While every part of the guitar is vital, one of the most important parts of the guitar is the tuning machine. The tuning machine affects how you sound. You may end up producing flat music or off pitch music. No one wants that. The problem is, whenever any part of the tuning machine cracks or is need of repair, it always costs a hefty sum to take the guitar to a repair shop to get the tuners replaced. Fortunately, here at Reverb Pedal Guide we know a way you could replace your own tuners comfortably and at a less costly rate from home.


Understanding the Reasons Why You Need To Replace Your Guitar Tuners

  • To do so, you have to understand what it is that causes the need for the replacement of the tuners. There are two main causes to this:
  • Worn out gears that wear out due to immense string tension. The gears may be skipping teeth or fail to grip one another properly. In this case, the tuners have to be replaced entirely.

The other reason is the tuning buttons. The tuning buttons may be cracked. This may be caused by high humidity that makes the particular material of the tuning keys shrink. Materials such as celluloid and plastic tend to do that. The strings may not be tightly wound around the post of the tuning peg. Another reason may be that the tuning pegs are not properly attached to the headstock.

Replacing machine heads is a much easier process than one may think. It involves a few simple steps that will barely cost you.


Step 1: Unstringing the strings

You cannot begin any work on the tuners before completely unstringing the strings of your guitar. This involves loosening the tension on the strings until you can pull them out or even nip them.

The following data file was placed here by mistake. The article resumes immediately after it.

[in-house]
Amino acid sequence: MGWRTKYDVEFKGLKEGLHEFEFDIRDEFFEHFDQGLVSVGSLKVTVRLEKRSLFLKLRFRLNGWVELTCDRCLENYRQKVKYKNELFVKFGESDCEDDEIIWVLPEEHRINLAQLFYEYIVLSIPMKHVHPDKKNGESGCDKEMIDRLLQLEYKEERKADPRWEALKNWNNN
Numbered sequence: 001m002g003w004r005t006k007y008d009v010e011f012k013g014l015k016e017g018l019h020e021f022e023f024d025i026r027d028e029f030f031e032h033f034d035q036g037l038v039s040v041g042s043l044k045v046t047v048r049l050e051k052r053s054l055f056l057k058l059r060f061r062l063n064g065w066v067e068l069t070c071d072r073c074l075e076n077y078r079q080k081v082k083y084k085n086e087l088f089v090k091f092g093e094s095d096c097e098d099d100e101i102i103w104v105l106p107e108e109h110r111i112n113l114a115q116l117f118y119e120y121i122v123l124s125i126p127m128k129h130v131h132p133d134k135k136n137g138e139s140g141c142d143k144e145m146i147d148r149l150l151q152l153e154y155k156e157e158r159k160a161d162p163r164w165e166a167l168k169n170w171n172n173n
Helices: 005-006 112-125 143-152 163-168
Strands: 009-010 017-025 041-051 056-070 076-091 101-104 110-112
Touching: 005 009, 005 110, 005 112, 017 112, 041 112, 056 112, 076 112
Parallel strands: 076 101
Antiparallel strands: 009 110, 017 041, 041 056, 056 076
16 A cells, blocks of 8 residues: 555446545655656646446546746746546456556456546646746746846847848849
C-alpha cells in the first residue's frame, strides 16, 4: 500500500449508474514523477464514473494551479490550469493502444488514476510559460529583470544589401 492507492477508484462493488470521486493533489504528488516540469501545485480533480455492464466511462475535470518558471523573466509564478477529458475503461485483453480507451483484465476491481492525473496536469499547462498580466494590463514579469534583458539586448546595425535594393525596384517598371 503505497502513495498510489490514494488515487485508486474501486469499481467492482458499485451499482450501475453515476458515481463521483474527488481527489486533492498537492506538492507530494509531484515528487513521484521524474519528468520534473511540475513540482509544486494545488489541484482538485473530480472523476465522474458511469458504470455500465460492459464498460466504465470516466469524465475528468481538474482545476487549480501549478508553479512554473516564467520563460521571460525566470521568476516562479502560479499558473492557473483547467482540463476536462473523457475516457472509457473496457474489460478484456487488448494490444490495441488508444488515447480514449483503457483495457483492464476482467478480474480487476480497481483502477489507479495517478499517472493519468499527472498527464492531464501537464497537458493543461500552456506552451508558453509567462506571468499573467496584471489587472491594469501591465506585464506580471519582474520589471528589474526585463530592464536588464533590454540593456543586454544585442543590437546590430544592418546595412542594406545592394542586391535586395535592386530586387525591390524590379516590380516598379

Step 2: Unscrewing the machine heads

While unscrewing the machine heads, it is very important that the screwdriver you use coincides with the screws you are unscrewing. But even after this step, the machine head will still not come out.

Step 3: Removing the bushing

The challenge with removing the bushing is that they come in various types. A bushing with a nut and a washer would require that you remove both before removing the machine head. Tuners with such bushings are referred to as sealed tuners.

Then there are press fit bushings that are pressed into the peghead using a hydraulic press. Some people call them vintage tuners. They are held in place by friction. For this reason, they have to be removed safely or they might ruin the varnish of the headstock.

The safest method of removing them is to press them out. A simple wood block that has been drilled to have the same diameter as the bushing is used. It is placed over the bushing and a dowel is used to press it up and out. If the bushings are too tight using a C-clamp is advisable.

Step 4: Buying new machine heads

It is of the utmost importance that you buy machine heads that are exactly the same as the ones you previously had. Any modifications will only devalue your guitar especially the older models. Remember, the devil is in the details. You might find machine heads that look exactly the same but the post height, which is a crucial part of the tuning peg is different.

Step 5: Installing the new machine heads

As long as the new machine heads are the exact replica of the previous ones, then this step is the easiest to follow. Literally, do the opposite of all the steps that you just followed.


What Do You Do If You Cannot Find Identical Tuners To The Previous Ones?